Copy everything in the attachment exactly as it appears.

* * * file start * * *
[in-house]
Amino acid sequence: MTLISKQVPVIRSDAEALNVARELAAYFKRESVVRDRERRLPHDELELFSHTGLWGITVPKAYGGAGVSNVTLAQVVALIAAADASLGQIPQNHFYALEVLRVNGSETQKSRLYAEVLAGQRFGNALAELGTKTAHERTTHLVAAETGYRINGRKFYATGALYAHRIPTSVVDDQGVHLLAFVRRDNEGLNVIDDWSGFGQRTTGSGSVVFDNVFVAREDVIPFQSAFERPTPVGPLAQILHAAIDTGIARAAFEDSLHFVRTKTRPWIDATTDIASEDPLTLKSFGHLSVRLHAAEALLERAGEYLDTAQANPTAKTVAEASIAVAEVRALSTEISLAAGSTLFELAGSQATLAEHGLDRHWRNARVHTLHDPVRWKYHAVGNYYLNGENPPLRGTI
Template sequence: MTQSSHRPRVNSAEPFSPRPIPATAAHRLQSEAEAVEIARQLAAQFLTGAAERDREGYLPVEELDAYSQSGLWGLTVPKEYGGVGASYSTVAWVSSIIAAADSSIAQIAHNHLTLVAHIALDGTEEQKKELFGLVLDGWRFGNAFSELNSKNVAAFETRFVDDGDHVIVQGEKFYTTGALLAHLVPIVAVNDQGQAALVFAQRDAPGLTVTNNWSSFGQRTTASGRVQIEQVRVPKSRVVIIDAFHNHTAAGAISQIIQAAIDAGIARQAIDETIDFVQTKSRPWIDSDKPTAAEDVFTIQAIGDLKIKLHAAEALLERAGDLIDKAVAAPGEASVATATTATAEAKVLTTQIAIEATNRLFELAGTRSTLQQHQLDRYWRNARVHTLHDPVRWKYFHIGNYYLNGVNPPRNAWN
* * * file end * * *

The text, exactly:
[in-house]
Amino acid sequence: MTLISKQVPVIRSDAEALNVARELAAYFKRESVVRDRERRLPHDELELFSHTGLWGITVPKAYGGAGVSNVTLAQVVALIAAADASLGQIPQNHFYALEVLRVNGSETQKSRLYAEVLAGQRFGNALAELGTKTAHERTTHLVAAETGYRINGRKFYATGALYAHRIPTSVVDDQGVHLLAFVRRDNEGLNVIDDWSGFGQRTTGSGSVVFDNVFVAREDVIPFQSAFERPTPVGPLAQILHAAIDTGIARAAFEDSLHFVRTKTRPWIDATTDIASEDPLTLKSFGHLSVRLHAAEALLERAGEYLDTAQANPTAKTVAEASIAVAEVRALSTEISLAAGSTLFELAGSQATLAEHGLDRHWRNARVHTLHDPVRWKYHAVGNYYLNGENPPLRGTI
Template sequence: MTQSSHRPRVNSAEPFSPRPIPATAAHRLQSEAEAVEIARQLAAQFLTGAAERDREGYLPVEELDAYSQSGLWGLTVPKEYGGVGASYSTVAWVSSIIAAADSSIAQIAHNHLTLVAHIALDGTEEQKKELFGLVLDGWRFGNAFSELNSKNVAAFETRFVDDGDHVIVQGEKFYTTGALLAHLVPIVAVNDQGQAALVFAQRDAPGLTVTNNWSSFGQRTTASGRVQIEQVRVPKSRVVIIDAFHNHTAAGAISQIIQAAIDAGIARQAIDETIDFVQTKSRPWIDSDKPTAAEDVFTIQAIGDLKIKLHAAEALLERAGDLIDKAVAAPGEASVATATTATAEAKVLTTQIAIEATNRLFELAGTRSTLQQHQLDRYWRNARVHTLHDPVRWKYFHIGNYYLNGVNPPRNAWN